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Rite Aid banned from using AI facial recognition


US drug store chain Rite Aid has been banned from using facial recognition technology to identify shoplifters after false claims led the FTC to investigate the company for consumer privacy violations.

Bankrupt US pharmacy chain Rite Aid will be prohibited from using facial recognition technology for surveillance purposes for five years to settle US Federal Trade Commission charges it harmed consumers, the FTC said on Tuesday.

Rite Aid deployed artificial intelligence-based facial recognition technology from 2012 to 2020 in order to identify shoplifters, but the company falsely flagged some consumers as matching someone who had previously been identified as a shoplifter, the FTC said.

According to the FTC, Rite Aid technology falsely tagged consumers, particularly women and people of color, as shoplifters.

“Rite Aid's reckless use of facial surveillance systems left its customers facing humiliation and other harms, and its order violations put consumers’ sensitive information at risk," said Samuel Levine, Director of the FTC’s Bureau of Consumer Protection.

“Today’s groundbreaking order makes clear that the Commission will be vigilant in protecting the public from unfair biometric surveillance and unfair data security practices,” Levine said.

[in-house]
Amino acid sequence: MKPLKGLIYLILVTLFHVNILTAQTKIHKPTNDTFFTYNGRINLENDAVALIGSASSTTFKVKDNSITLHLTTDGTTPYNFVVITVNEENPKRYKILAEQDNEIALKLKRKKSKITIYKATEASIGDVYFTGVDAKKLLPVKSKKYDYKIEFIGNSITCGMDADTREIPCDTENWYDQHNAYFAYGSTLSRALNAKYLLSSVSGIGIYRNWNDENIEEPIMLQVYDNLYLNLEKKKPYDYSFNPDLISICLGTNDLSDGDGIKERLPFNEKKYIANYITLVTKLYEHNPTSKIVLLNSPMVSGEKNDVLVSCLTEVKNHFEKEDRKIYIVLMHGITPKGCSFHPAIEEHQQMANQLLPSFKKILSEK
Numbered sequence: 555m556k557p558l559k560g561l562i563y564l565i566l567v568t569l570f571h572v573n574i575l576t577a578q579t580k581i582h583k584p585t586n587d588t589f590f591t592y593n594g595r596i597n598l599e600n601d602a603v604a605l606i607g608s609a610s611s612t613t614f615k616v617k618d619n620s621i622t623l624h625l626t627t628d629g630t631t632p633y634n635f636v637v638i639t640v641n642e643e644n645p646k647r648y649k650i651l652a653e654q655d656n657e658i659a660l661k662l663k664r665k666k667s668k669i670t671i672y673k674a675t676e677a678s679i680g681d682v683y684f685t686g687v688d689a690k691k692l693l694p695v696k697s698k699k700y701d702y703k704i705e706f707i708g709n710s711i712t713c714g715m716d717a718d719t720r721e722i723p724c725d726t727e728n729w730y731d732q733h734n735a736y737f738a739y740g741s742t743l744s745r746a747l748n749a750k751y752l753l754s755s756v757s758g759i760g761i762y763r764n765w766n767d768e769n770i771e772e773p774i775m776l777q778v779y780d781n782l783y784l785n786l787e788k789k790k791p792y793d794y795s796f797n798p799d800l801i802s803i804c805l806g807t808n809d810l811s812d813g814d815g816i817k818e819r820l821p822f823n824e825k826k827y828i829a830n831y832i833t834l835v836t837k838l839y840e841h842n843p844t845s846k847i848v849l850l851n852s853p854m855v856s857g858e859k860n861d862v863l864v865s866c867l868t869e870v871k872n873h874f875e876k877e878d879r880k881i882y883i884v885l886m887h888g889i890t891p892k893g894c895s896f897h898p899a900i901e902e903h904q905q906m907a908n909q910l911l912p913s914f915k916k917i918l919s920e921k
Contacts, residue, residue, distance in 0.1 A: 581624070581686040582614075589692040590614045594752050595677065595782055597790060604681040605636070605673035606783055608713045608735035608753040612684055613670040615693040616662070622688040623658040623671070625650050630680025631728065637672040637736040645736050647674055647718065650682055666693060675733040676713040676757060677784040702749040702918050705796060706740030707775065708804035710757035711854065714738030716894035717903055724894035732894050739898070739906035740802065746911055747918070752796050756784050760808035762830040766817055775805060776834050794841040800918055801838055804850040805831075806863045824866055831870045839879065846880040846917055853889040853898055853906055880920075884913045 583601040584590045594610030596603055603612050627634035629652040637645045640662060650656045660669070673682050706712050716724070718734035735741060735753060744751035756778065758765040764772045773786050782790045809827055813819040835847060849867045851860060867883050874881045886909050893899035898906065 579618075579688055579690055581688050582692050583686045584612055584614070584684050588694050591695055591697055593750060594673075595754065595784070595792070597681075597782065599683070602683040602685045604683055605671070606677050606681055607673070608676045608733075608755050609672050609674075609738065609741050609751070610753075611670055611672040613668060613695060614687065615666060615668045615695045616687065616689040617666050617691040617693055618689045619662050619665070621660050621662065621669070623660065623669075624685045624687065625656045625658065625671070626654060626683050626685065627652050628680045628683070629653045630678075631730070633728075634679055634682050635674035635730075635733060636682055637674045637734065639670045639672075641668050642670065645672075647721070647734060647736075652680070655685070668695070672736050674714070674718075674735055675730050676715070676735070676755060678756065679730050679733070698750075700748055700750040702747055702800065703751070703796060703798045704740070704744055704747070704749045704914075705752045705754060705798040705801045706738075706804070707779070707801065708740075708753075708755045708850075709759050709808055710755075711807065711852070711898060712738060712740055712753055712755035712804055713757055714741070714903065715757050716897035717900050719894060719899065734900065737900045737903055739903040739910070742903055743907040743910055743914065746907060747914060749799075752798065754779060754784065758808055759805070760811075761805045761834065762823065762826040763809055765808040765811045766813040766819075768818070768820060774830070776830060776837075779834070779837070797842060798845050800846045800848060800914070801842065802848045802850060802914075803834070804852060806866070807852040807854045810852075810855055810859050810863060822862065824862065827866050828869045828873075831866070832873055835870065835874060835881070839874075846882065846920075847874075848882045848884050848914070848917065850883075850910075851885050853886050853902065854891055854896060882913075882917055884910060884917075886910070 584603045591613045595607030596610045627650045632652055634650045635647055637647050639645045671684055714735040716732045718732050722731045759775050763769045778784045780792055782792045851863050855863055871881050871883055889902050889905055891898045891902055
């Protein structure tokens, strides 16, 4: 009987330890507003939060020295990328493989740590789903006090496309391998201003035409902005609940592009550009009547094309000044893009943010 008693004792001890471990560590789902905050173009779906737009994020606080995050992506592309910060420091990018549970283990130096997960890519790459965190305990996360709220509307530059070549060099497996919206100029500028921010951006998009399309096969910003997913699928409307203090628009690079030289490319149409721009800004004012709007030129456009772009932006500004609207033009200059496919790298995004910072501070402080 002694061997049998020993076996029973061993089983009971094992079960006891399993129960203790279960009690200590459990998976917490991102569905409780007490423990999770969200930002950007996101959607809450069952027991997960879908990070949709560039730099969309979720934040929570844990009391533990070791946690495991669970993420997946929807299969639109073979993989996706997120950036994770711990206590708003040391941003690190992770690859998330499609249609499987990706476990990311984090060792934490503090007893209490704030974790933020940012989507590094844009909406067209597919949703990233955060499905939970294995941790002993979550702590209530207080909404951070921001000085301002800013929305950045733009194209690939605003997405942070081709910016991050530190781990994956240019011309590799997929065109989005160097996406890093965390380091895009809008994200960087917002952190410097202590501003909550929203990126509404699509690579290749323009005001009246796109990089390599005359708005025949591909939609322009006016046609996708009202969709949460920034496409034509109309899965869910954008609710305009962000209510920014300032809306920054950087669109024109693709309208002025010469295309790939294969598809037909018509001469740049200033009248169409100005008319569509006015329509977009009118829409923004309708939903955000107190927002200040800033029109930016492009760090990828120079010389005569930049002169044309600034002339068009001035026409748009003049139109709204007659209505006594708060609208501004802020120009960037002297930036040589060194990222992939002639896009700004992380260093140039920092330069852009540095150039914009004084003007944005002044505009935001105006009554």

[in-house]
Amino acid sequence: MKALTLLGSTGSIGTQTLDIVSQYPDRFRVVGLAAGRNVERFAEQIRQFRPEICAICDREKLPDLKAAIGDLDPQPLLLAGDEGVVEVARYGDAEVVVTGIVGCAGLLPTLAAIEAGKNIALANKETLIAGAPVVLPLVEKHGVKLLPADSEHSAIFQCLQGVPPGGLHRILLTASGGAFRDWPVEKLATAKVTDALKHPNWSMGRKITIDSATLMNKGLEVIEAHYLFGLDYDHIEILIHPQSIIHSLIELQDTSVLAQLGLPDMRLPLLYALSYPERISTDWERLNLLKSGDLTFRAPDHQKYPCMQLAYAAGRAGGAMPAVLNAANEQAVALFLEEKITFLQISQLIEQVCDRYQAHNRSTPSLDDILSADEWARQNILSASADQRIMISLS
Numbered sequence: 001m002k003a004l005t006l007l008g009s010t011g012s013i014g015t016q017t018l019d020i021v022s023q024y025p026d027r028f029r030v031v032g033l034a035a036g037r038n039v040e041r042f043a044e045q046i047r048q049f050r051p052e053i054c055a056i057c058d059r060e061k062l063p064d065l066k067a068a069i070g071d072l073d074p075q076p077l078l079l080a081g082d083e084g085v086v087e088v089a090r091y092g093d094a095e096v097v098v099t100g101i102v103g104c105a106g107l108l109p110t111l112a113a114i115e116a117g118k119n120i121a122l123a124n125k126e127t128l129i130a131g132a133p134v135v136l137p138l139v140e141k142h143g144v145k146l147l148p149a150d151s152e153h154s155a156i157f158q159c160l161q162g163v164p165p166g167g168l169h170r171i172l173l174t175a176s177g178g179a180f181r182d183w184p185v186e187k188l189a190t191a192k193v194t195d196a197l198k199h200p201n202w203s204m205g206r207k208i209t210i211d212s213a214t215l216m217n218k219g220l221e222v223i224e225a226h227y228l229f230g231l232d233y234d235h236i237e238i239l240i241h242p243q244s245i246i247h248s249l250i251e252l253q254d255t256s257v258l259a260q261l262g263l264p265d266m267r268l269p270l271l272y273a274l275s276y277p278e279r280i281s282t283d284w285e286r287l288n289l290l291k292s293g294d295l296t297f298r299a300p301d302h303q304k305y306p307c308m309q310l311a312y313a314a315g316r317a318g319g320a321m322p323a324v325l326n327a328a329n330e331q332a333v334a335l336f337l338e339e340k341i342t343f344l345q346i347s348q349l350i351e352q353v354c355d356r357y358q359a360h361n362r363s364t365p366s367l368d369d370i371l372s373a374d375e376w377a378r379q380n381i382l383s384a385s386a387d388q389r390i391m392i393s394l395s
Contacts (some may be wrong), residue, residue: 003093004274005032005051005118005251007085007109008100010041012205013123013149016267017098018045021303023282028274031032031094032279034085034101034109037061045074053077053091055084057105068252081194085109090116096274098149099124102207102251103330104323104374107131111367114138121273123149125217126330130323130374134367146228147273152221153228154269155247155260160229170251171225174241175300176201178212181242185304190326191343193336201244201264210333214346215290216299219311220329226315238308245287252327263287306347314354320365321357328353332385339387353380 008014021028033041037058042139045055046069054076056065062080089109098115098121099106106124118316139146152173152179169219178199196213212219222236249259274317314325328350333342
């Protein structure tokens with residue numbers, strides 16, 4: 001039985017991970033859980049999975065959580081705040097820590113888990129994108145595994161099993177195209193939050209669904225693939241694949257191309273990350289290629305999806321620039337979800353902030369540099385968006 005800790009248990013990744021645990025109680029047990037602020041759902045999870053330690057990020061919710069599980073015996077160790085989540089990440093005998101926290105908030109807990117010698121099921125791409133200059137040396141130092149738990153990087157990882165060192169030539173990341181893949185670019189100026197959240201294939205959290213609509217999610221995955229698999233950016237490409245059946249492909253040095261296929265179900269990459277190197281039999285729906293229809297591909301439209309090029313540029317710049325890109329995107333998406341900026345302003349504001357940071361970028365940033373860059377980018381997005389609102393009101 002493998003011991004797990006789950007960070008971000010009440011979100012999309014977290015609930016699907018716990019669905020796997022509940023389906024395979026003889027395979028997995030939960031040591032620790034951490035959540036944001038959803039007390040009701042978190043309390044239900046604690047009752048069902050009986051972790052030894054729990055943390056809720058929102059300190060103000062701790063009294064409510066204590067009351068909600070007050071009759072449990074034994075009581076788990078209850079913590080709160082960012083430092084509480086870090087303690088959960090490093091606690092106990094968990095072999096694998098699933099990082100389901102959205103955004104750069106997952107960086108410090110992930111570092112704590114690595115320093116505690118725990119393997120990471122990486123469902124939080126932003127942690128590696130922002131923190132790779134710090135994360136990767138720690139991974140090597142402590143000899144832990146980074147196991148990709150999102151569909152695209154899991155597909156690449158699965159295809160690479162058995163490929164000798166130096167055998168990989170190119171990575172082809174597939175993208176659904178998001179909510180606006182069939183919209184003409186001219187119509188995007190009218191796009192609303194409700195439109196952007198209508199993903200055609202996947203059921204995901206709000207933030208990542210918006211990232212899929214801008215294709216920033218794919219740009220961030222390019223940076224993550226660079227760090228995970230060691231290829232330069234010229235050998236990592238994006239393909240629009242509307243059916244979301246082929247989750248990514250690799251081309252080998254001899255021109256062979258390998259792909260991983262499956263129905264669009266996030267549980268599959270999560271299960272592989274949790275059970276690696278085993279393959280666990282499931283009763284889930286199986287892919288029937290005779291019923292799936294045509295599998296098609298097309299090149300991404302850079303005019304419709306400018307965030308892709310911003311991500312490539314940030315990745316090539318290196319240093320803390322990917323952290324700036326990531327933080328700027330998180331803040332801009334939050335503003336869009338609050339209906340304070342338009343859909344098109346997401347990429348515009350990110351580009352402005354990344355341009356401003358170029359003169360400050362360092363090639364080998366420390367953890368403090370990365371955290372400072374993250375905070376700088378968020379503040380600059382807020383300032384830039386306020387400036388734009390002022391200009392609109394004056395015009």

Rite Aid’s actions subjected consumers to embarrassment, harassment, and other harm, according to the complaint.

The complaint also charged that Rite Aid did not inform its customers it was using the technology and discouraged employees from telling them.

The company collected tens of thousands of images of individuals, created databases of persons of interest, and generated thousands of false-positive matches, the FTC says.

Employees were said to have not only falsely accused customers of shoplifting, but followed those individuals around the stores, subjected them to searches, kicked them out of the stores, and even called the police, sometimes in front of other shoppers, friends, or family.

US chain drug store pharmacy
Rite Aid store in Manhattan. Image by NYCStock | Shutterstock.

Rite Aid in a statement said the agreement with the FTC is subject to approval by the bankruptcy court overseeing its insolvency case.

"The allegations relate to a facial recognition technology pilot program the company deployed in a limited number of stores," the company said. "Rite Aid stopped using the technology in this small group of stores more than three years ago, before the FTC’s investigation regarding the Company’s use of the technology began."

The FTC’s complaint and ban followed a Reuters investigation from 2020 into Rite Aid’s facial recognition program.

That investigation found Rite Aid quietly added facial recognition systems to hundreds of stores in the United States and that in New York and Los Angeles, Rite Aid deployed the technology in largely lower-income, non-white neighborhoods.

After Reuters sent its findings to Rite Aid in July 2020, Rite Aid said it quit using its facial recognition software.

Rite Aid operates the third largest pharmacy chain in the United States, with about 4,900 retail pharmacies and an online pharmacy business.


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